5 Questions to Ask Before Getting Your Next Pet
Congratulations — you are getting a brand new furry addition to the household!
Needless to say, now that you have decided you are prepared for the pitter patter of paws, there are plenty of different choices to be made. Most of all, what type of furry friend will you’re searching for?
You likely know whether you desire a cat or even puppy, and maybe you even have a taste for male or female, but have you ever considered era? Obtaining a new furry friend does not necessarily mean having to manage crazy puppy and kitty antics (as much pleasure as they may be!) — there are tons of alternatives available to embrace an adult or adult pet.
When deciding what era pet to get, its important to have a look at your present lifestyle and what house environment you are bringing your new furry friend into.
1. How long have you got? It is important to think about with younger animals since they do need more exercise, training and attention. Older animals are normally more obedient, already toilet trained, and need less time. While they could be beginning to slow down a bit, if you’re the sort who’s busy all day and only need to unwind when you get home, possibly an older pet is right for you!
2. How much patience do you have? Are you able to dedicate to puppy classes, ready for cleaning up plenty of mishaps, and fine with possibly visiting a beloved bit of furniture/items ruined by your hyperactive younger pet? The most frequent era that dogs are surrendered to lbs is between 6 weeks and 18 months when they’re entering their hard adolescent phase. Obtaining a puppy who’s older than that can be far less work.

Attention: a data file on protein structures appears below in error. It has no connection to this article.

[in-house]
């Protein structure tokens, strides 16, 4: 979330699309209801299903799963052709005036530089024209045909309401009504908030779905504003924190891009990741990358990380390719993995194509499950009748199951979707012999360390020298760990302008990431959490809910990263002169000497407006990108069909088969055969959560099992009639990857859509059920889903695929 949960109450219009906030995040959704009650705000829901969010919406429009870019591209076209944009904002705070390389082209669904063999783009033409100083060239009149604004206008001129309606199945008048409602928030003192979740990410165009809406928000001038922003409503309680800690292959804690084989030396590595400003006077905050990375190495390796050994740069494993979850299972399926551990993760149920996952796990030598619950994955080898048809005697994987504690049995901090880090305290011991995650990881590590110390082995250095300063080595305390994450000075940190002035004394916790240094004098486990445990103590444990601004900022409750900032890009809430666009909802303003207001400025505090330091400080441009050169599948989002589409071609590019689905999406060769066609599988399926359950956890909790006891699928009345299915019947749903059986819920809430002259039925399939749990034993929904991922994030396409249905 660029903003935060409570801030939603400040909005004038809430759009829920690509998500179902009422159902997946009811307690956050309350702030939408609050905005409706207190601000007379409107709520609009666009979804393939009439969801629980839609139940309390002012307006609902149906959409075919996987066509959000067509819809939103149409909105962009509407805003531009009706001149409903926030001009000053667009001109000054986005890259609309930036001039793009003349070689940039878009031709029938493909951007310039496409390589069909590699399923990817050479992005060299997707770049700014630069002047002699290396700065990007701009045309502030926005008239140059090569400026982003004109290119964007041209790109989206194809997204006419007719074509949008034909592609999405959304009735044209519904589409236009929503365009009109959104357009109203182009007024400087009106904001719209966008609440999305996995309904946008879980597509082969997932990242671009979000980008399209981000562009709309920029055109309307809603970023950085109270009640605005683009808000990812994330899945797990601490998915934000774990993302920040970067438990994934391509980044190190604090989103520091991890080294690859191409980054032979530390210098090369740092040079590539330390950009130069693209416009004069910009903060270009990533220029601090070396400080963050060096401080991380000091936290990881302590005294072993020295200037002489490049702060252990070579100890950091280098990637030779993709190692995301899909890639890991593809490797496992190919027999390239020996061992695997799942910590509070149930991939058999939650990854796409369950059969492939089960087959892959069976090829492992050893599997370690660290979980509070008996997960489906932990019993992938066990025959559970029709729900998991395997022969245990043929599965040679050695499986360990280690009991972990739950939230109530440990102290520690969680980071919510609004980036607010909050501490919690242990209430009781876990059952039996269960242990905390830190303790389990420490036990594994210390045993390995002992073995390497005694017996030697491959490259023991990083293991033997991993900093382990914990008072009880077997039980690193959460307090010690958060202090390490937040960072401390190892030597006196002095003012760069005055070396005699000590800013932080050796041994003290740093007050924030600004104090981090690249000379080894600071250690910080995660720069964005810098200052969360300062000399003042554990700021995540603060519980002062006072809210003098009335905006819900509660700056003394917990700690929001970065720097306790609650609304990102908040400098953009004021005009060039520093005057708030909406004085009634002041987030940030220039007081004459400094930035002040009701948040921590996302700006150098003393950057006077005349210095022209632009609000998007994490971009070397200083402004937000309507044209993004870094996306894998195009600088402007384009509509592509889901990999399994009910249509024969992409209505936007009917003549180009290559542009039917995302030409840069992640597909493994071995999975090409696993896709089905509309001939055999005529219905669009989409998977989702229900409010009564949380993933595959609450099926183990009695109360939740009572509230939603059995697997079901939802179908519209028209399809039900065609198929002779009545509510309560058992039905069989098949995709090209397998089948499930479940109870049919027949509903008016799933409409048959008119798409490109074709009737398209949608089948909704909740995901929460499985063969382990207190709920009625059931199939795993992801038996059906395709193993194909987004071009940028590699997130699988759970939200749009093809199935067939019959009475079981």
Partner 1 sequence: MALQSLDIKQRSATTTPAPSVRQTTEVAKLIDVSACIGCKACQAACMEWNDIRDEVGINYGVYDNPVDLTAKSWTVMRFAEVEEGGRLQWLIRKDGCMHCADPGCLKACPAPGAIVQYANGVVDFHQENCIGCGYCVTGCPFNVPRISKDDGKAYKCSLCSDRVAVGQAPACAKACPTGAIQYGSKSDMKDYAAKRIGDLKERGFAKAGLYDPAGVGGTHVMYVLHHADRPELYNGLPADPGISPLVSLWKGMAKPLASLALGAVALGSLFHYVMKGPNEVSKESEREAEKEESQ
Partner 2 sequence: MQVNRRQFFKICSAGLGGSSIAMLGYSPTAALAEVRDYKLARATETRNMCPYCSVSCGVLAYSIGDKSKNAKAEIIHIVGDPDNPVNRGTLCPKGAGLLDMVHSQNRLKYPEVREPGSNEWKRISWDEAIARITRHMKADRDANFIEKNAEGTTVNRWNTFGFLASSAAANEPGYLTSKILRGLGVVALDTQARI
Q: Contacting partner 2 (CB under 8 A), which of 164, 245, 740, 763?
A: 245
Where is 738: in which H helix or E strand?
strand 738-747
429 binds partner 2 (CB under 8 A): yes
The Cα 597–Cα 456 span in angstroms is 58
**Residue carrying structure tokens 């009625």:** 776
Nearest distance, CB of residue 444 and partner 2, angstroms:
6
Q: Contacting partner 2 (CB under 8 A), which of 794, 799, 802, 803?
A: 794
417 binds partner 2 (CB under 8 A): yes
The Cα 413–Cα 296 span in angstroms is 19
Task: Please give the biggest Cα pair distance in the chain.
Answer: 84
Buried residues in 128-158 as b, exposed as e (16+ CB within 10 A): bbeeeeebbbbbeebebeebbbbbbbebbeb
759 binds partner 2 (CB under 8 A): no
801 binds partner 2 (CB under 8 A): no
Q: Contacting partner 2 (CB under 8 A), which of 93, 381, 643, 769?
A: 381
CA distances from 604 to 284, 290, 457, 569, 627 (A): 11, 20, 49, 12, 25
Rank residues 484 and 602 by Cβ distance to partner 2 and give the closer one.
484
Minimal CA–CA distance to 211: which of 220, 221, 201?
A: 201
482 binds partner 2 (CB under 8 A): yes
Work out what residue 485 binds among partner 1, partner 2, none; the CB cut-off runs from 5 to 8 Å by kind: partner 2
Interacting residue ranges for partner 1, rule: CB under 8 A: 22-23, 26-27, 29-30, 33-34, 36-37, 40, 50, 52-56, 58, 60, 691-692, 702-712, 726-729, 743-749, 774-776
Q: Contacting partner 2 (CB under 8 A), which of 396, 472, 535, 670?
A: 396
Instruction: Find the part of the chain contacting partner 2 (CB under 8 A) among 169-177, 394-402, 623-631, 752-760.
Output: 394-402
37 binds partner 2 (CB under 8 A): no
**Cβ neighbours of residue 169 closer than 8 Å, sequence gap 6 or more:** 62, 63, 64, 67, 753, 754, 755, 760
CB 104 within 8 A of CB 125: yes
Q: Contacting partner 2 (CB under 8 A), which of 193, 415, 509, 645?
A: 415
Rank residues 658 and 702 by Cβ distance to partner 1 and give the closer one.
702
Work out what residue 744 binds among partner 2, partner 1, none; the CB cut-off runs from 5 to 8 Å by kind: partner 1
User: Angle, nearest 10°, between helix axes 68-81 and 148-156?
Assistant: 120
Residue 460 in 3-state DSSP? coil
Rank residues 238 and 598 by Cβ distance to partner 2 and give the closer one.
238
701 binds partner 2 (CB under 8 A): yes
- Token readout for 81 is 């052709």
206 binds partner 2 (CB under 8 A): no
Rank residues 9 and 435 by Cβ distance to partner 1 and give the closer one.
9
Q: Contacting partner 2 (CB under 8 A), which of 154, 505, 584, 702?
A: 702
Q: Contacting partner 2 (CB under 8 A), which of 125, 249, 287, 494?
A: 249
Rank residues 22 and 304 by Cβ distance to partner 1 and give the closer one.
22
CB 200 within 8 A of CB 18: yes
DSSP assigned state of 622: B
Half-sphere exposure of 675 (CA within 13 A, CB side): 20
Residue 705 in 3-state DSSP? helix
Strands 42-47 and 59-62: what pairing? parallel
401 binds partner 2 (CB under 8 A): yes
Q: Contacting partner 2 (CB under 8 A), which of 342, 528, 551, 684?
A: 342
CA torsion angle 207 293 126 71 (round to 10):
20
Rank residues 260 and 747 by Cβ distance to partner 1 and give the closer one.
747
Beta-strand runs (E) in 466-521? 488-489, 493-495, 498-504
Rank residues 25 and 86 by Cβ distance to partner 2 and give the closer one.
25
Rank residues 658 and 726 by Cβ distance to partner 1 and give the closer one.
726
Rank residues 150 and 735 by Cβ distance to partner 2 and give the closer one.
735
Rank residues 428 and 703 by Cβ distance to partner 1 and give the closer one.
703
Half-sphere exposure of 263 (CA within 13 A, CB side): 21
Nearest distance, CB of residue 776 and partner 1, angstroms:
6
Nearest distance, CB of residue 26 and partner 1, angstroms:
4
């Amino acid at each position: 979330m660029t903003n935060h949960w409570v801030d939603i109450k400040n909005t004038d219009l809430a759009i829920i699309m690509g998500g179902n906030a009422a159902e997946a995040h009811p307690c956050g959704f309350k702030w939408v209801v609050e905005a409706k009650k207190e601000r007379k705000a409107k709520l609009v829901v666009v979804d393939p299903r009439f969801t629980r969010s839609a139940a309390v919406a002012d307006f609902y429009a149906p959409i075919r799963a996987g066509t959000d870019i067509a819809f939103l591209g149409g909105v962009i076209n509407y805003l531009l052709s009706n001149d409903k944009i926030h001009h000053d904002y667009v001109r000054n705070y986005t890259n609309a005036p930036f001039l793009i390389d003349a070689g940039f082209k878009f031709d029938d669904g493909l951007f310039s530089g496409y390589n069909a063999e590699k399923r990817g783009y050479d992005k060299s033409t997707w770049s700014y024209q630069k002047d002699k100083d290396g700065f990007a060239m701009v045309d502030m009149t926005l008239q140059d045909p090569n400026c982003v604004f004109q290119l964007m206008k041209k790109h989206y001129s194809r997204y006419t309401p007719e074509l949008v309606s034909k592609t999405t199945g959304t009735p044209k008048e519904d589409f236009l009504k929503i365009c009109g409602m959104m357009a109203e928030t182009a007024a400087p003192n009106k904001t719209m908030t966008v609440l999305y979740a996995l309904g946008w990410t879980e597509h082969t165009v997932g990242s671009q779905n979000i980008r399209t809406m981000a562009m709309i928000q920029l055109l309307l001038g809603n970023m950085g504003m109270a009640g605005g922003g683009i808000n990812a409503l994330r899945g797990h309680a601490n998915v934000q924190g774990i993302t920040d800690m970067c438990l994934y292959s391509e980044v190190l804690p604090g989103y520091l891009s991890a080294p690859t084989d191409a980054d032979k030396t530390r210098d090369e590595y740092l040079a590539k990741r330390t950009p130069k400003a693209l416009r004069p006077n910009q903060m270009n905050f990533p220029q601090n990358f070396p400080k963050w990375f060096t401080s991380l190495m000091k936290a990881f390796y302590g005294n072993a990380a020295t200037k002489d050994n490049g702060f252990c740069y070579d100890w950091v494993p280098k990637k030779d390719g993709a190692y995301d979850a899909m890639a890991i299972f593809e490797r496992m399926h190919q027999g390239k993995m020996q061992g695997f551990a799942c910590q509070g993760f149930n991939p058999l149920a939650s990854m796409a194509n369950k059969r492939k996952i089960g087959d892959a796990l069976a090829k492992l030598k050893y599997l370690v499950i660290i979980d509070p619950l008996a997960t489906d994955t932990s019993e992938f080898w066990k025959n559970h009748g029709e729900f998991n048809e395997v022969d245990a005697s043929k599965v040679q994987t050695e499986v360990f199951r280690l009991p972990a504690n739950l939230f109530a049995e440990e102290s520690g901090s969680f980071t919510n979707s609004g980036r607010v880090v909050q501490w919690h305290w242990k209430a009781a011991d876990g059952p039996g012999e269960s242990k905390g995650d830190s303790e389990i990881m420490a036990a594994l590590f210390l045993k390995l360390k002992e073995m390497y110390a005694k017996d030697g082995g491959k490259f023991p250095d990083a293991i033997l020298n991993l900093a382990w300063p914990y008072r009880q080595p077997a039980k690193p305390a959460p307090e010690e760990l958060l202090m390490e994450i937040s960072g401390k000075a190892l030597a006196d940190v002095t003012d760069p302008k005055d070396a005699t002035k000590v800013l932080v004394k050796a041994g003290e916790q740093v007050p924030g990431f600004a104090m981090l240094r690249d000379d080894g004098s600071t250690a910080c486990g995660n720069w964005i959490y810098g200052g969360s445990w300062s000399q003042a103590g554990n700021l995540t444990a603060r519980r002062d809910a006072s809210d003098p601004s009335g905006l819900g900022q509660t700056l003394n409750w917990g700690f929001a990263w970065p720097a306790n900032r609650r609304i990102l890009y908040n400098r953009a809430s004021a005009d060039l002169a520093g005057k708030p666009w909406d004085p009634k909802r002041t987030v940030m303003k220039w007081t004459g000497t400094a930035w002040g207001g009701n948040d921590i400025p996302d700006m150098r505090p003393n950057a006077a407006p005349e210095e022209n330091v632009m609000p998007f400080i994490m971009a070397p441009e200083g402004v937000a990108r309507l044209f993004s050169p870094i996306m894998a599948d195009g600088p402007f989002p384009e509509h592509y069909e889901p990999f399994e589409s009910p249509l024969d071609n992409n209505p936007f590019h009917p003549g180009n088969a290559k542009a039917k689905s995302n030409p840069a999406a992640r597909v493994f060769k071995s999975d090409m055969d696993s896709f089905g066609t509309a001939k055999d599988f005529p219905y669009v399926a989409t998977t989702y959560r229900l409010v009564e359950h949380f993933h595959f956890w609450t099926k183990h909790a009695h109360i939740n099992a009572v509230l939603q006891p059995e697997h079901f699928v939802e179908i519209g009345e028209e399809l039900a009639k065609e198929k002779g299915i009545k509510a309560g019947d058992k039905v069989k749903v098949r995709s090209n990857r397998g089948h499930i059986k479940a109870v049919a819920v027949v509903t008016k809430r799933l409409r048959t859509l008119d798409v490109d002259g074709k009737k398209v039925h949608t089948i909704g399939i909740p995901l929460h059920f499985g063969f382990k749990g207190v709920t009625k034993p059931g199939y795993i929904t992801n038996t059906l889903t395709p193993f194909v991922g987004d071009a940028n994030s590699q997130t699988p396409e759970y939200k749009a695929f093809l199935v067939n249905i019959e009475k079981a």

3. How frequently are you home? Most younger pets do not do well being retained alone independently. They might attempt to escape, bark or become harmful. Older pets are usually more relaxed and pleased to snooze away the day until you are back from work.
4. How busy are you? Frequently, school-age family members that are concerned that their (grand)parents are lonely, will purchase them a pup or kitten. What they have not considered is that their (grand)parent might have trouble bending down to alter that kitty litter or choose their brand new pup for 30 minute walks twice daily. Little pets which are running around underfoot may also be a hazardous trip hazard for elderly people with mobility difficulties. Needless to say, when you are somebody who likes to go running, then a busy younger puppy might be the ideal running companion!
5. What do you desire from your pet? Are you searching for a pet to work out with, take out into the dog park, and play with your children for hours? Then a kitty or puppy might be the ideal fit. If you’re searching for a calm companion, then a older pet could be more satisfied.
Picking a new furry family member is a large choice. It is important to objectively consider your unique conditions, and if they would better match a puppy/kitten or an elderly pet.